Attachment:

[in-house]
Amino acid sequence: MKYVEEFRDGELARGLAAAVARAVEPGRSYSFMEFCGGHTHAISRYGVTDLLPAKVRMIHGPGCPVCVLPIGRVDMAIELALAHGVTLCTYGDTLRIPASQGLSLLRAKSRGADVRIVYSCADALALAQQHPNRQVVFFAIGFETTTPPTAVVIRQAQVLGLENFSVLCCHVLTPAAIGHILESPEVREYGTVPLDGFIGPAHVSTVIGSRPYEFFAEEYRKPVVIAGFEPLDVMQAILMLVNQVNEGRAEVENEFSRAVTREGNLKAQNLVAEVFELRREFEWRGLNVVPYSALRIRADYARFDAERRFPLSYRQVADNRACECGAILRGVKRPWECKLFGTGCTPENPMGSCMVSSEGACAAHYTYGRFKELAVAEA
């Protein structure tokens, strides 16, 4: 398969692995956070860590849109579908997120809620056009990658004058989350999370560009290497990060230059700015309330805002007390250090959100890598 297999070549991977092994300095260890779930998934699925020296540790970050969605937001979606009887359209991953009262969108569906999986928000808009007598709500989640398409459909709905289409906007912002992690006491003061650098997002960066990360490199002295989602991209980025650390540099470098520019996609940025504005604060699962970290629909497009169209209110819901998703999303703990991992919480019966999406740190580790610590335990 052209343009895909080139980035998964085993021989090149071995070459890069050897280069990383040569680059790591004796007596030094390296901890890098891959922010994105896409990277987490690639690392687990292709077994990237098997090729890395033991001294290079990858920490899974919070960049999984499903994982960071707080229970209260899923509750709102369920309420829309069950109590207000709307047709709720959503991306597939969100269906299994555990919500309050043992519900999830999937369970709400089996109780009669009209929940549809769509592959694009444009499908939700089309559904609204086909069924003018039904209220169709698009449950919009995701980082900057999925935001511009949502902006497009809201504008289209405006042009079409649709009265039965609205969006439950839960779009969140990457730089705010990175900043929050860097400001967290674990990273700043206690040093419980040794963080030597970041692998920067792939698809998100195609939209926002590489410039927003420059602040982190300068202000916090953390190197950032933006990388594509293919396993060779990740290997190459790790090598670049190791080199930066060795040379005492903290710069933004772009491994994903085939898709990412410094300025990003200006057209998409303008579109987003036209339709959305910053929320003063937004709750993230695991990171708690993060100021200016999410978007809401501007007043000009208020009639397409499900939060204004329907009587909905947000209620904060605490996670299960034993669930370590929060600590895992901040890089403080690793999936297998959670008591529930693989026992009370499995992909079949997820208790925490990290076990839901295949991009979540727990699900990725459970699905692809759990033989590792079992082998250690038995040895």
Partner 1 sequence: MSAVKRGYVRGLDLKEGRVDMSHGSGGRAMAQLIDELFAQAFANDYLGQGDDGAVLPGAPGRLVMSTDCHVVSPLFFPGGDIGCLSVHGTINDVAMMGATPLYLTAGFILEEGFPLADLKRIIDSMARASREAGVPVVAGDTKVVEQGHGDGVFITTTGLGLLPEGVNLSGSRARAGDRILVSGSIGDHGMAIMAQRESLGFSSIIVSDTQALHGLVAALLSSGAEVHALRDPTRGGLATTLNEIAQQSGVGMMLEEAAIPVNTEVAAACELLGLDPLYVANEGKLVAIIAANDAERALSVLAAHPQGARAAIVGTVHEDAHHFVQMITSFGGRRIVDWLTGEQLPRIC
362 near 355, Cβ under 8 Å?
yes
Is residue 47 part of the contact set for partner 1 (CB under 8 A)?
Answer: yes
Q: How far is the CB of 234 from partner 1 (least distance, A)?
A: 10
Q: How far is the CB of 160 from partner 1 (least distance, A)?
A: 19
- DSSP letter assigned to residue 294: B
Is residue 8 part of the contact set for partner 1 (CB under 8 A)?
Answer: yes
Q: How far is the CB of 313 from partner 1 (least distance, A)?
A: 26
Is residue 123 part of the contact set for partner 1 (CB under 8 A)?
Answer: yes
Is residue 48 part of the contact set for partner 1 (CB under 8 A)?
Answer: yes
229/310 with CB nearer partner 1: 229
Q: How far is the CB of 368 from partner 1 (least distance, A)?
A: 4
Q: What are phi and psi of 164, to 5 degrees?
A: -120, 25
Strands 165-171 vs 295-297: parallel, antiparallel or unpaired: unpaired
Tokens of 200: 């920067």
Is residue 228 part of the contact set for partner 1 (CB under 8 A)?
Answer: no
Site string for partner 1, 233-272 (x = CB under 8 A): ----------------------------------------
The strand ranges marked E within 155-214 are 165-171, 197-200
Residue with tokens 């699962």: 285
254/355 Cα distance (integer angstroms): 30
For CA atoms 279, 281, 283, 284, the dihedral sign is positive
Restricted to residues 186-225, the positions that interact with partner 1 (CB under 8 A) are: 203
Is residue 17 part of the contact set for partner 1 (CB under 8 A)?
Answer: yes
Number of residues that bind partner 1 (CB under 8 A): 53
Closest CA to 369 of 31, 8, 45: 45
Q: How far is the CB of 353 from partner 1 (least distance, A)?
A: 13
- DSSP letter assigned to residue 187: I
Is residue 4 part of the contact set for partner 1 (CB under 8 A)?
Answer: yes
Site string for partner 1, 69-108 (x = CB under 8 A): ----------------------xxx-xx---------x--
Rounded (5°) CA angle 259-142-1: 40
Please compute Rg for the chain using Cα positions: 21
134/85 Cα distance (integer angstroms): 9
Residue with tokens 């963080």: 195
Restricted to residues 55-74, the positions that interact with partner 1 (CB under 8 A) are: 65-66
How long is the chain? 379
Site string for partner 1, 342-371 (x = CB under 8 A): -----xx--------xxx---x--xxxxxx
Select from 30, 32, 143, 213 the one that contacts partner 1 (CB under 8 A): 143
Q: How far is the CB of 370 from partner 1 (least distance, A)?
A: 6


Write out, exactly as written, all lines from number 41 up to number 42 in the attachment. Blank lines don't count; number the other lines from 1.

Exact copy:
Q: How far is the CB of 353 from partner 1 (least distance, A)?
A: 13